|That's my Dad in the middle, but who are the other people? Mom talked|
a lot about favorite friends Lou & Schoonie. Is that who it is? Or is it
Jim & Arlyss, or Donna & Ray?
|That's my Uncle Elbert on the left, my grandpa, Francis James Christensen,|
at the end on the right. Who are the two in the middle? Is the young boy
my Uncle Francie? Who is the other man?
|This is someone in my Mom's family. It could be her. It could be one of her|
five brothers or sisters. I might never know.
|My sister, Jan|
|What was written on the back.|
I have also written 3 “books” for my children and their descendants. Two of them are stories about when they were young. The third one is stories about myself up until I was eight. I’ve also made digitized copies of journals that I kept at different periods of my life.
|These are two hats that belonged to my grandpa, Joseph Eldred Christensen.|
I have written about my memories surrounding these hats.
I would love to find this type of information on my ancestors. I may. The amazing amount of information coming through the internet is increasing.
There are probably some of you who are interested in genealogy, or family history. It’s become a huge interest in the last 5-10 years. We don’t have to go to libraries and search through musty books and papers, strain our eyes on microfilm and microfiche. The internet has opened up research to an unbelievable level.
|Not my family tree...but nice picture of one!|
I have lots of my branches, and twigs filled in on my family tree. I’m actually starting on my husband’s side and also my Uncle Elbert’s wife, Marie’s side. (The Marie of Marvelous Marie!)
Ancestry.com is a huge site and has lots of ads on TV, lots of subscribers and huge amounts of data for people to learn about their family.
|The Family History Library in Salt Lake City, Utah|
Another extensive site is FamilySearch.org. It is a family history/record/picture/family memory site run by The Church of Jesus Christ of Latter-Day Saints. They are doing an amazing amount of work to digitize old records: census, Parish records, ship manifests, etc.
You don’t have to be a member of their Church to access the records. The records are non-denominational. It costs nothing. Just go to the site, enter and name and start finding information.
This digitizing work, called “indexing” is done by-and-large by volunteers. Pages of old records from all over the world are photocopied and then made available for volunteers to go through them and enter the information into a computerized form. After the volunteer is done, it is saved for an “arbitrator” to check the form for accuracy.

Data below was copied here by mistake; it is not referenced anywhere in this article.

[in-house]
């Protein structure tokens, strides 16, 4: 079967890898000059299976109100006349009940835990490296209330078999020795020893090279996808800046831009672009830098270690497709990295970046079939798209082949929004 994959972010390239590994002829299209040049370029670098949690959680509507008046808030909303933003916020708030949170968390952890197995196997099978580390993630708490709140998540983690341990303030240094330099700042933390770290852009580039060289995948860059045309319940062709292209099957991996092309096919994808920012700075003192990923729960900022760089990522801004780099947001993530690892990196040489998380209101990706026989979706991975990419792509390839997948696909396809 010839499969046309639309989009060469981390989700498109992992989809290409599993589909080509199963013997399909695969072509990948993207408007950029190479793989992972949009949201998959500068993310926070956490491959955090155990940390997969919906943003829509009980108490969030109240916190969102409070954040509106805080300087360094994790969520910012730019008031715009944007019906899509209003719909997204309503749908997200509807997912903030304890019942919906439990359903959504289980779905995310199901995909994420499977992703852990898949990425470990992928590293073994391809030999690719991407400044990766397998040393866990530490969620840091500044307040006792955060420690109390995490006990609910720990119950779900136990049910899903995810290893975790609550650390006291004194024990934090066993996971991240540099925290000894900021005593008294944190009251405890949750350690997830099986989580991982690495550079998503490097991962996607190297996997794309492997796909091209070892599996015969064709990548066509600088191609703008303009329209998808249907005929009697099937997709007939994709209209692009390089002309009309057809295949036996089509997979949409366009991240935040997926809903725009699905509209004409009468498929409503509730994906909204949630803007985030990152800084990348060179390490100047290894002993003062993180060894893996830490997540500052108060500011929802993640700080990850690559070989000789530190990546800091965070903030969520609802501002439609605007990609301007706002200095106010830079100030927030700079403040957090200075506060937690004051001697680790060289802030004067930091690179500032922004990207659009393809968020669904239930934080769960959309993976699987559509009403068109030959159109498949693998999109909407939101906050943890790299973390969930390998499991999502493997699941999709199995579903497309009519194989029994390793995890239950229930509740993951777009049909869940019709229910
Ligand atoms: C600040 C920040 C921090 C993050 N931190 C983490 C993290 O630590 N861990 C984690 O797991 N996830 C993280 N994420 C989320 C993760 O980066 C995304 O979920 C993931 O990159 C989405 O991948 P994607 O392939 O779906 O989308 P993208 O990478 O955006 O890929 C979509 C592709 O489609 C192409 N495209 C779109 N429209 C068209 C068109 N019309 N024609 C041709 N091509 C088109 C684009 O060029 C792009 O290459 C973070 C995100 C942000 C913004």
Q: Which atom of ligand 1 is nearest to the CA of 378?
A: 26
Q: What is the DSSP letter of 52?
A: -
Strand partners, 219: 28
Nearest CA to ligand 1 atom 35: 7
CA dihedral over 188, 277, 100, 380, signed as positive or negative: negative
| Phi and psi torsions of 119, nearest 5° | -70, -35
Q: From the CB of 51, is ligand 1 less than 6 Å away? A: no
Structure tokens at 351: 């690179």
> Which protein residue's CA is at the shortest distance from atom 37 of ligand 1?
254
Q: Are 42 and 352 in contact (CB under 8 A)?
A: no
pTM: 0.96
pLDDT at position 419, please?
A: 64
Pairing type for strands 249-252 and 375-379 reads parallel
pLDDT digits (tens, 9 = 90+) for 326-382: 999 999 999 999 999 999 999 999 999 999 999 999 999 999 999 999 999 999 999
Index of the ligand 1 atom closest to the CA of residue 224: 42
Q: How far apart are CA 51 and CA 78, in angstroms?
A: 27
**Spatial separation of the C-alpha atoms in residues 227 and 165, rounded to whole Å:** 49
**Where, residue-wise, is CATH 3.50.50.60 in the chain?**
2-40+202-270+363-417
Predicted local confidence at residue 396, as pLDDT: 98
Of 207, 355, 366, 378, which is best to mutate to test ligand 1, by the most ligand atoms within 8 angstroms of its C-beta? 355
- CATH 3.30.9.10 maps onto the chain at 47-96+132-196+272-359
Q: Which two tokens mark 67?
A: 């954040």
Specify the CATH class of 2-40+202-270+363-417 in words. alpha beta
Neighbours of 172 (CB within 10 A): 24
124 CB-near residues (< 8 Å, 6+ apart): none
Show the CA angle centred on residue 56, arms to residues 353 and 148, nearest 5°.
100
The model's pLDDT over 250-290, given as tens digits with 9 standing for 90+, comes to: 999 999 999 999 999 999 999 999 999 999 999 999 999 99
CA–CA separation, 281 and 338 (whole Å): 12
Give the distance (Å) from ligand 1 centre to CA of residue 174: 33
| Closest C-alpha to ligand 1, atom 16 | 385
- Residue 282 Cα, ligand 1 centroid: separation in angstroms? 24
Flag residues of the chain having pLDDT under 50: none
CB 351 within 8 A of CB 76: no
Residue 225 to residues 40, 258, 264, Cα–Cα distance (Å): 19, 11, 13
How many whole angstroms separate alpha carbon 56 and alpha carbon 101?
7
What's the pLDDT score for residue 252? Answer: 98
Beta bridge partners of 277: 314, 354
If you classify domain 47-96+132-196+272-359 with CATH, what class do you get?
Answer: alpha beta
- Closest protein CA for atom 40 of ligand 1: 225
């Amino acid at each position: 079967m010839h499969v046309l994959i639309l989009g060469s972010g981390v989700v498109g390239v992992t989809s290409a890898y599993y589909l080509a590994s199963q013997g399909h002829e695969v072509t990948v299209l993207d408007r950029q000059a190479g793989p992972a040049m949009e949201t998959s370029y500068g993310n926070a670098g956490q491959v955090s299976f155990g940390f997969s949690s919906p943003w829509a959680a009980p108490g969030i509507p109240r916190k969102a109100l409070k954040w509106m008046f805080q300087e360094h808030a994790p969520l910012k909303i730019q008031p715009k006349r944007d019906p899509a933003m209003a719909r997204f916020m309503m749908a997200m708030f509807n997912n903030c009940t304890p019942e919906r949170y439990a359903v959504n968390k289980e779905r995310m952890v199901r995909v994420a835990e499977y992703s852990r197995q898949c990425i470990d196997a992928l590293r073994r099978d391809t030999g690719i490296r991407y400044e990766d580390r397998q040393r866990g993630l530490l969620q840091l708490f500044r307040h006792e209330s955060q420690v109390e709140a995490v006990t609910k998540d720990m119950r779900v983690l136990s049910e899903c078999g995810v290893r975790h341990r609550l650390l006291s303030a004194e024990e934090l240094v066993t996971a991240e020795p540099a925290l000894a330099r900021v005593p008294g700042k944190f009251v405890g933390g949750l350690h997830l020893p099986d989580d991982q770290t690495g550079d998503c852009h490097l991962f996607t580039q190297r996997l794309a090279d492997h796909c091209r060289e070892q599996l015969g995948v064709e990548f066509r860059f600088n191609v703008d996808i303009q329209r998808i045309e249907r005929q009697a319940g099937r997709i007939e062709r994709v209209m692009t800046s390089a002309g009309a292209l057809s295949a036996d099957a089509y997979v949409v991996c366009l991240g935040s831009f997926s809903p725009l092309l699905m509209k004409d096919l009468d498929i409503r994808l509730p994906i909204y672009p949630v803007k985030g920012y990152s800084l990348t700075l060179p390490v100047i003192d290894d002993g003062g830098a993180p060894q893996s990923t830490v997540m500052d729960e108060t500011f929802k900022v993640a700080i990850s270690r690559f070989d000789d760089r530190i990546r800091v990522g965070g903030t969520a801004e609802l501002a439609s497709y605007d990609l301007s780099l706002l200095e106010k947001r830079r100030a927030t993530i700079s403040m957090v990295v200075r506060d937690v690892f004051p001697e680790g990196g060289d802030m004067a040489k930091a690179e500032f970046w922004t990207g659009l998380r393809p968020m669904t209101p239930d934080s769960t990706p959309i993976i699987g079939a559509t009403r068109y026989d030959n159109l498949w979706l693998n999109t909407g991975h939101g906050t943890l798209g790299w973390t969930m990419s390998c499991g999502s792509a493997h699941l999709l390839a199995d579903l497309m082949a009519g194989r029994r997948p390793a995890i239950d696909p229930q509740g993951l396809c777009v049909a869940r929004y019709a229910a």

You’re probably thinking of some little old ladies sitting down at their computers and peering at records on computers. Maybe 100 in every state, maybe.
Here’s the stats! Since it began in 14 years ago, 1,188,905,640 records have been completed. In this year, already 85,299,504 records have been completed! And they’ve just are hitting their stride! Not just 100 little old ladies.
|This is what a census from looks like. Indexers|
get a copy of the record on their computer.
And now, why am I devoting Mish-Mosh Monday to Family History? Let me tell you!
In 2012, the Family Search site held a Worldwide Indexing Event. In 24 hours, 49,025 individual contributors went online and indexed records.
This year, on July 20, Family Search is doing another Worldwide Indexing Event. They are trying to break the record for the most indexers and arbitrators in a 24 hour period.
Think of all the new people that can be added to the digital records! Wonderful! So many relatives of people living today!
I’ve done indexing and it is great! I love doing it. I’ve done mostly census records and it draws you in as you read a record on a family at one period of time. I keep wanting to do more and more.
Since lots of my family records and genealogy has been done, I like to index. I think of a person who might have been searching and search for just this individual I'm indexing for their family tree. Every name I enter is a relative of someone. And someone must be looking for them!
Want to do a good deed?
Next Sunday, July 20th, sit down at your computer and do 1 batch of indexing. You will be helping someone in the world to find a relative that they’ve been looking for. A batch is usually 20-25 records from your source.
During the week go to the Indexing Site and take a little time to learn how to do it. Very easy, very little time. Click on Test Drive. After that, click on Get Started.
Then this Sunday, DO IT! Start time is 6:00 p.m. Mountain Daylight Time. It closes 24 hours later at 5:59 p.m. Mountain Daylight Time
You can choose any of 100 current indexing project available, such as:
Brasil, Recife—Registro Civil 1900-1920
Colombia, Bucaramanga—Registros Parroquiales, 1649-1959
UK, Essex,—Parish Registers 1538-1900
Osterreich, Oberosterreich, Steyr—Kirchenbucher, 1601-1906
plus U.S. Obituaries 1980-2014, U.S. Passport Applications 1795-1925, U.S. New Orleans Passenger Lists, 1820-1902, UK Manchester Parish Registers, 1787-1999.
If you speak a foreign language, there are records that need to be indexed in other languages.
“Everyone deserves to be remembered and you can help make this possible. No special skills or time commitments are required. Together, we can help people from around the world find and trace their ancestry for free.”
quote from Family Search Indexing site